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BioMed Research International
Volume 2015 (2015), Article ID 672838, 16 pages
Review Article

Dietary Factors in the Etiology of Parkinson’s Disease

School of Health Sciences, Purdue University, 550 Stadium Mall Dr., West Lafayette, IN 47907, USA

Received 9 May 2014; Revised 7 November 2014; Accepted 8 November 2014

Academic Editor: Tan Eng King

Copyright © 2015 Zeynep S. Agim and Jason R. Cannon. This is an open access article distributed under the Creative Commons Attribution License, which permits unrestricted use, distribution, and reproduction in any medium, provided the original work is properly cited.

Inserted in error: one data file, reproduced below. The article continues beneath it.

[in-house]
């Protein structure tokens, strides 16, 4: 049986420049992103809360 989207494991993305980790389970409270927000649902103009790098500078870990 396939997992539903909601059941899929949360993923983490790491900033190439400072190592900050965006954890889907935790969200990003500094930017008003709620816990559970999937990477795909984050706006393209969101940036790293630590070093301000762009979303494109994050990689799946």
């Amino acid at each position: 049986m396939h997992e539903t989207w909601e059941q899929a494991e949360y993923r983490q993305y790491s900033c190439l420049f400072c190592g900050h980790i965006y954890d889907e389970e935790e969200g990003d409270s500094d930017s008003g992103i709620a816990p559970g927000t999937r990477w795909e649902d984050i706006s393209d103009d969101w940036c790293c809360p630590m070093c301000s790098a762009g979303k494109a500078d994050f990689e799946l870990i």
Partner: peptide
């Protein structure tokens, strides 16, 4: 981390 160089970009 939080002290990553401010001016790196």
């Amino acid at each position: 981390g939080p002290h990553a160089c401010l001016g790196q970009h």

Parkinson’s disease (PD) is the second most common neurodegenerative disorder. The majority of cases do not arise from purely genetic factors, implicating an important role of environmental factors in disease pathogenesis. Well-established environmental toxins important in PD include pesticides, herbicides, and heavy metals. However, many toxicants linked to PD and used in animal models are rarely encountered. In this context, other factors such as dietary components may represent daily exposures and have gained attention as disease modifiers. Several in vitro, in vivo, and human epidemiological studies have found a variety of dietary factors that modify PD risk. Here, we critically review findings on association between dietary factors, including vitamins, flavonoids, calorie intake, caffeine, alcohol, and metals consumed via food and fatty acids and PD. We have also discussed key data on heterocyclic amines that are produced in high-temperature cooked meat, which is a new emerging field in the assessment of dietary factors in neurological diseases. While more research is clearly needed, significant evidence exists that specific dietary factors can modify PD risk.